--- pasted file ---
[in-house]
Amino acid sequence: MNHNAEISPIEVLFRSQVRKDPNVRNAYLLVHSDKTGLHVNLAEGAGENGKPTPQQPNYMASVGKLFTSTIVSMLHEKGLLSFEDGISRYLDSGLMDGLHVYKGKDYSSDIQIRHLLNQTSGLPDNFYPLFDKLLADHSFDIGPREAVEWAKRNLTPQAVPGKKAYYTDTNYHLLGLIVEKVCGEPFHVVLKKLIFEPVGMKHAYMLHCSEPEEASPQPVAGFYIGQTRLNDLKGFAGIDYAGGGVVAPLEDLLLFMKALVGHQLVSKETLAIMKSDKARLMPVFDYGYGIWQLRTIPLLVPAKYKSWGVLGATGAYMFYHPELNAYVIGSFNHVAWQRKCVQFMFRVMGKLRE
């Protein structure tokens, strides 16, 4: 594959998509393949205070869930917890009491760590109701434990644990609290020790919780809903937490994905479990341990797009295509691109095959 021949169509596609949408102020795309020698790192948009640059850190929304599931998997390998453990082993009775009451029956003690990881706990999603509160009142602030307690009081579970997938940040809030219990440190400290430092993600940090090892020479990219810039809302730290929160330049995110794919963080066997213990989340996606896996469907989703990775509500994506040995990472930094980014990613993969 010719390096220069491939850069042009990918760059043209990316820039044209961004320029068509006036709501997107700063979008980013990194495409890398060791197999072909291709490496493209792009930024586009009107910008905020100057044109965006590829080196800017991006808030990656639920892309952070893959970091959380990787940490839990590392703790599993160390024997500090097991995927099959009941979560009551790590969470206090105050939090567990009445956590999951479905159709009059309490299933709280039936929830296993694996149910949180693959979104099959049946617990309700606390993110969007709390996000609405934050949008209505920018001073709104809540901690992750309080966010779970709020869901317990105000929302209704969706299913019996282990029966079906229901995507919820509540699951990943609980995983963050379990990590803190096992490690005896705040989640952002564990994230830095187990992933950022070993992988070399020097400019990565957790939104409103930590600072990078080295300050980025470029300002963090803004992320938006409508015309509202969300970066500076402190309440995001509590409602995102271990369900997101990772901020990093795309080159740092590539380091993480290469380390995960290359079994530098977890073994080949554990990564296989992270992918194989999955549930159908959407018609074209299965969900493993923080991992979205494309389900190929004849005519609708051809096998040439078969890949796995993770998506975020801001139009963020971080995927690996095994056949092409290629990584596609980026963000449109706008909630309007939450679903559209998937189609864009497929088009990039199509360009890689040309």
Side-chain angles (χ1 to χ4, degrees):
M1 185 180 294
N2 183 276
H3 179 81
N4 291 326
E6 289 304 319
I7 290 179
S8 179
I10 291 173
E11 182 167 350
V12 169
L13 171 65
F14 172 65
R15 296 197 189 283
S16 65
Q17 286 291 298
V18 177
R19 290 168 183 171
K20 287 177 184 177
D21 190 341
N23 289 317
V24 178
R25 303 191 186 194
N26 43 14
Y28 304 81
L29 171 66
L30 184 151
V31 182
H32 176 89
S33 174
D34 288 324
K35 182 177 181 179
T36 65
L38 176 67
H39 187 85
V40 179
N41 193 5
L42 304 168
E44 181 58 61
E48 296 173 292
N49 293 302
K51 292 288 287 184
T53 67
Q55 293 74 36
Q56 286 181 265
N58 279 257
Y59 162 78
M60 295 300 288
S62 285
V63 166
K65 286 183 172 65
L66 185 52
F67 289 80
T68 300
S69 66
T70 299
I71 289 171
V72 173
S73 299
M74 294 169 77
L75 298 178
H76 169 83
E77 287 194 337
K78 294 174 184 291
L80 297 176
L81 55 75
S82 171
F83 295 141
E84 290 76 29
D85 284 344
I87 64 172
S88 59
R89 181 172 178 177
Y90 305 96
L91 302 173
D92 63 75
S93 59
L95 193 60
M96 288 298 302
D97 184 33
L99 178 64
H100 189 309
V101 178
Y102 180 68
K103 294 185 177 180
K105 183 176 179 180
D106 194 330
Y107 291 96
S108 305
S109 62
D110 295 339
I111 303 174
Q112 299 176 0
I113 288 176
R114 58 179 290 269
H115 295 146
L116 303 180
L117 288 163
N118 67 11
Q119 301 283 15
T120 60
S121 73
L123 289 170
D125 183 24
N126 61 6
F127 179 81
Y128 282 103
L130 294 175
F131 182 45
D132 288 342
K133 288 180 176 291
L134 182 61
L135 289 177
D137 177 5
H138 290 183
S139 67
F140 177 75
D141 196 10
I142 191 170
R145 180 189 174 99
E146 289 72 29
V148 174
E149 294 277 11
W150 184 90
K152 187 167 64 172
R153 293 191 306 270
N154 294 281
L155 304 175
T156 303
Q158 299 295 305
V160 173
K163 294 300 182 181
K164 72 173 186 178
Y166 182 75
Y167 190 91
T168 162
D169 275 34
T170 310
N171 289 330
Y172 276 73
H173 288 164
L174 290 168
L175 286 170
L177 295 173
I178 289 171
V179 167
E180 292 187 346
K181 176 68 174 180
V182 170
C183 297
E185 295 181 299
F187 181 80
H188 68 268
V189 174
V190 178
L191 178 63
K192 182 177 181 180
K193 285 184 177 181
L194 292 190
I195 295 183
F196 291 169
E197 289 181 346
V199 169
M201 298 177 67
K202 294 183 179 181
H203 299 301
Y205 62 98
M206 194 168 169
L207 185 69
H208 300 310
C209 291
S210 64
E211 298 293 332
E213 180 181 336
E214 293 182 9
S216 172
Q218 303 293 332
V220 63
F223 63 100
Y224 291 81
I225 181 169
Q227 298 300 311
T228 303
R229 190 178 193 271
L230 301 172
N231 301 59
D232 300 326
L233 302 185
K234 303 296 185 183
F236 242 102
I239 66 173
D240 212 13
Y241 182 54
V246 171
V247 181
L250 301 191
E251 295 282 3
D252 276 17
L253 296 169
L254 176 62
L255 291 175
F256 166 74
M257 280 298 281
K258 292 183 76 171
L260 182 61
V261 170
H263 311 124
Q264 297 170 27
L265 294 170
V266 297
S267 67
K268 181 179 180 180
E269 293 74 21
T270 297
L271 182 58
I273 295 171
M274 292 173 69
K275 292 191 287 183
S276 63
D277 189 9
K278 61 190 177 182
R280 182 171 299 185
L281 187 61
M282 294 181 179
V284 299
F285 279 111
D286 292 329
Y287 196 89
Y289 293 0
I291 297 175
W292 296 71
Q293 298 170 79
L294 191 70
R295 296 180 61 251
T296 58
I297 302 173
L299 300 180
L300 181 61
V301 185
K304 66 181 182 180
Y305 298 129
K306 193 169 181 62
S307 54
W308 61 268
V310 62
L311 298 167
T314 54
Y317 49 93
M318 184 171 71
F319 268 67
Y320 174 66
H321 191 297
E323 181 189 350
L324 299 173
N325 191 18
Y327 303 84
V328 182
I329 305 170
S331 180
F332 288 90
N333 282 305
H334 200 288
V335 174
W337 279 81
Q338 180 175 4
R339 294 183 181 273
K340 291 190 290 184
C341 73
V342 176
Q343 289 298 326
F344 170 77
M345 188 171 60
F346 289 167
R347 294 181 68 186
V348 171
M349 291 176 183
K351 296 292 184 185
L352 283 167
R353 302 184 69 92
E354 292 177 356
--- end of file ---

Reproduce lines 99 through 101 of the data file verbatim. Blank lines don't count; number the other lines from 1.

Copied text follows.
H115 295 146
L116 303 180
L117 288 163